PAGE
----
Pittman said she’s been impressed by the museum’s talented volunteer staff — amateur local historians who work on researching, organizing and archiving, as well as curating the museum’s exhibits.

“The people here have done such a wonderful job keeping this museum, which is really a jewel on Main Street, going,” she said.

As talented and committed as the current volunteers are, everyone involved admits that both the museum and the historical society could use more members and volunteers. Recruiting more volunteers is one of Pittman’s goals.

In addition, she said she’d like to “put procedures in place that give them more time to just concentrate on the parts of their volunteering that they really love to do, because you don’t want to lose great volunteers.”

Another one of her goals is to help the museum build relationships with the broader community, particularly the local schools.

“Educational programs — that’s my bailiwick,” she said. “I’d like to introduce local schools to the work of the historical society, as well as the farm and the museum.”

“I’ve already contacted the junior high. Women’s History Month is coming up, and we have this exhibit on strong, local women,” women that the exhibit’s curator and Sonoma West History columnist Mary Dodgion called “trailblazers.”

That show ends in the middle of March, and then the museum will be hosting a Suffragist exhibit, celebrating the 100th anniversary of women getting the right to vote. 

“We’re going to have a big presence in the Apple Blossom Parade this year. We’ll all be marching in costume,” Pittman said, noting that she’s on the lookout for the perfect vintage hat.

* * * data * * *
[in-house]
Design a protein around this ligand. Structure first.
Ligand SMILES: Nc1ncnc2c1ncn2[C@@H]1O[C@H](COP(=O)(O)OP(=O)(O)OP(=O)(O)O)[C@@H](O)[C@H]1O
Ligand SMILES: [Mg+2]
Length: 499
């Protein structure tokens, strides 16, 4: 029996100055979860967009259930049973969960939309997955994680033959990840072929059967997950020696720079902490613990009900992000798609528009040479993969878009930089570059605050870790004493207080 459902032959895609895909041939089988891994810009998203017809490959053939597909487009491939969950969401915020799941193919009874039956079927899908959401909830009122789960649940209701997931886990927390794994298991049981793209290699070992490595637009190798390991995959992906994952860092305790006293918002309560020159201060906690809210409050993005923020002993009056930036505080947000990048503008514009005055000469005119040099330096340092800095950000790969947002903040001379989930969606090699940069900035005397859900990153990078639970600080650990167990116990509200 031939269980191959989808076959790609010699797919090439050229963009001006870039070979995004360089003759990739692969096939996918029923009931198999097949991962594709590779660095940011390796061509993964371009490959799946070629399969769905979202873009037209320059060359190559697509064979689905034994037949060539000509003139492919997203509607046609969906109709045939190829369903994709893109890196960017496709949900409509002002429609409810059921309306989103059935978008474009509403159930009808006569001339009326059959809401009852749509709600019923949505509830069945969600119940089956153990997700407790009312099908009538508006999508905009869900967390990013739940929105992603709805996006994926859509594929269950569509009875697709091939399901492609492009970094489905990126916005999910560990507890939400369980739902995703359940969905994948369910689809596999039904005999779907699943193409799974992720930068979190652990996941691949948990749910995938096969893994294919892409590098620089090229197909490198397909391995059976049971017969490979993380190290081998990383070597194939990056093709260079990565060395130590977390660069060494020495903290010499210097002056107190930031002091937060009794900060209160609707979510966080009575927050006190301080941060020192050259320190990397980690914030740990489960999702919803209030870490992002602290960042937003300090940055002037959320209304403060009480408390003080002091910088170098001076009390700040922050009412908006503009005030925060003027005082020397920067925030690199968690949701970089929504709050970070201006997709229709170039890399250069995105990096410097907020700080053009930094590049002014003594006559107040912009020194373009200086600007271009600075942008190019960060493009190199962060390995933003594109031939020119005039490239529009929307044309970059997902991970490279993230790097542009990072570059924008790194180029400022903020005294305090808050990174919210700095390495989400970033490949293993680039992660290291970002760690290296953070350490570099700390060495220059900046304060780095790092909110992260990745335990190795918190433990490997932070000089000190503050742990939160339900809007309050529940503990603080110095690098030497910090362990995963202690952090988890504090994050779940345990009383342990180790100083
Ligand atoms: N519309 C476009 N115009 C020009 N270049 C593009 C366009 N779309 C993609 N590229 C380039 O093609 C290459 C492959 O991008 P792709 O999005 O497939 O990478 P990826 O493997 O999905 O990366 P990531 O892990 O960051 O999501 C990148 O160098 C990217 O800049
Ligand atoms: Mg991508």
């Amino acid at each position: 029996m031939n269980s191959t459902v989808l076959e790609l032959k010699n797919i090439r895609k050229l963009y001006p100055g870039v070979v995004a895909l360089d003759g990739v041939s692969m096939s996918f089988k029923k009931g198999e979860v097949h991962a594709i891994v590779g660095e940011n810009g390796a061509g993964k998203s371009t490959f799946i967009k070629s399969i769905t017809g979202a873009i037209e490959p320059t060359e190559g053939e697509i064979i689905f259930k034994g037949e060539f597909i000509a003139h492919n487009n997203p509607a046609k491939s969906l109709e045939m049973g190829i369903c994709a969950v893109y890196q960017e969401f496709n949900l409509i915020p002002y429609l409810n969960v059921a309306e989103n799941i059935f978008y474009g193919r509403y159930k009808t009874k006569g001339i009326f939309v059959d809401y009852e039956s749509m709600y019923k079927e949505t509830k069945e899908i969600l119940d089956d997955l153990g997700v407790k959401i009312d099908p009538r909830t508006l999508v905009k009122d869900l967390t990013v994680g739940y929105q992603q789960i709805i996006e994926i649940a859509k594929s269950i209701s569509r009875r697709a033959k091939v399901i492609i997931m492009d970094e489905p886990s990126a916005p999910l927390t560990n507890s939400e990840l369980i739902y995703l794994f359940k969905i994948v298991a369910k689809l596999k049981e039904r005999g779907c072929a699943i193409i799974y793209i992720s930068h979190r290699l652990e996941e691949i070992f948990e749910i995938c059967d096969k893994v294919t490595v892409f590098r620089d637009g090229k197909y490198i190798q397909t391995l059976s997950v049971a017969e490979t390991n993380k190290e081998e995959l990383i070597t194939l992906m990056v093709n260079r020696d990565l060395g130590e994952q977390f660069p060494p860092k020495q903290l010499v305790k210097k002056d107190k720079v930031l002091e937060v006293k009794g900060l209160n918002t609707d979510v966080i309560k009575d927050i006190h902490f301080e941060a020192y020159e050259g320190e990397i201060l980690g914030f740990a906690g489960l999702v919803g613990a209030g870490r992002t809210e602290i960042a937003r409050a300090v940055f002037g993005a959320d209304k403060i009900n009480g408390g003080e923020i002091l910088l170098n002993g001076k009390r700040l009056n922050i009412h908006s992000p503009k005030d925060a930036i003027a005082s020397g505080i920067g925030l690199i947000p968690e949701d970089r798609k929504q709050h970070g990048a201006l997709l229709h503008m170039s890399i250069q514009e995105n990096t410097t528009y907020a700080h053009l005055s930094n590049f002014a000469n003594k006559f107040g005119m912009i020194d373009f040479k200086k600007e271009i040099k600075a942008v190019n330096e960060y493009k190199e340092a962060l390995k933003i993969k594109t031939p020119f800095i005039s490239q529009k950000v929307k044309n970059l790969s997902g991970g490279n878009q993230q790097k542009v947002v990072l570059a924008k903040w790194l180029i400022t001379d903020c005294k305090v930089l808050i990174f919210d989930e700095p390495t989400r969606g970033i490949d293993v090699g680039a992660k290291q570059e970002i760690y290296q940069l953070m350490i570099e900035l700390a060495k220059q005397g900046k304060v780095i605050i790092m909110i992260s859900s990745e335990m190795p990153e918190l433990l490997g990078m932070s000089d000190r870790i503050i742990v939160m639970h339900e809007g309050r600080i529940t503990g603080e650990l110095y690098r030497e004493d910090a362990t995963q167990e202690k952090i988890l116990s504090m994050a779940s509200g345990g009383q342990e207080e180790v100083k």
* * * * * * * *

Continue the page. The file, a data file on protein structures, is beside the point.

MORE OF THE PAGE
In part because of her experience with the Tubbs Fire, she said she’s also interested in doing some work at the museum around resilience and fire safety.

“We’re digitalizing things and trying to find ways to save our archives out in the box car” — the rusty orange train car in the parking lot behind the museum.

“I walk around now and I think, ‘Oh gosh, what if?’ What if we had fire come this far into town? A lot of small museums are beginning to talk about that, like ‘How do we protect what we have? What’s our emergency plan?’”

A volunteer gave Pittman a tour of the box car recently, where a lot of the archives are stored, including past issues of The Sebastopol Times, the forerunner of Sonoma West Times & News.

“He opened the door, and the impact of it all just hit me. At first it just looks like old things,” she said, but each old thing has a story that is connected to the larger story of west county.

“It’s gives me goosebumps when I think about the responsibility,” Pittman said.

(1) comment


Good luck with your new post and I love the connection to local schools. It's a beautiful community benefit when our public schools can connect with local resources. You might want to do some outreach to the homeschool communities as well. I know Sunridge and Orchard View both have homeschool and alternative scheduling. Thank you for taking this on!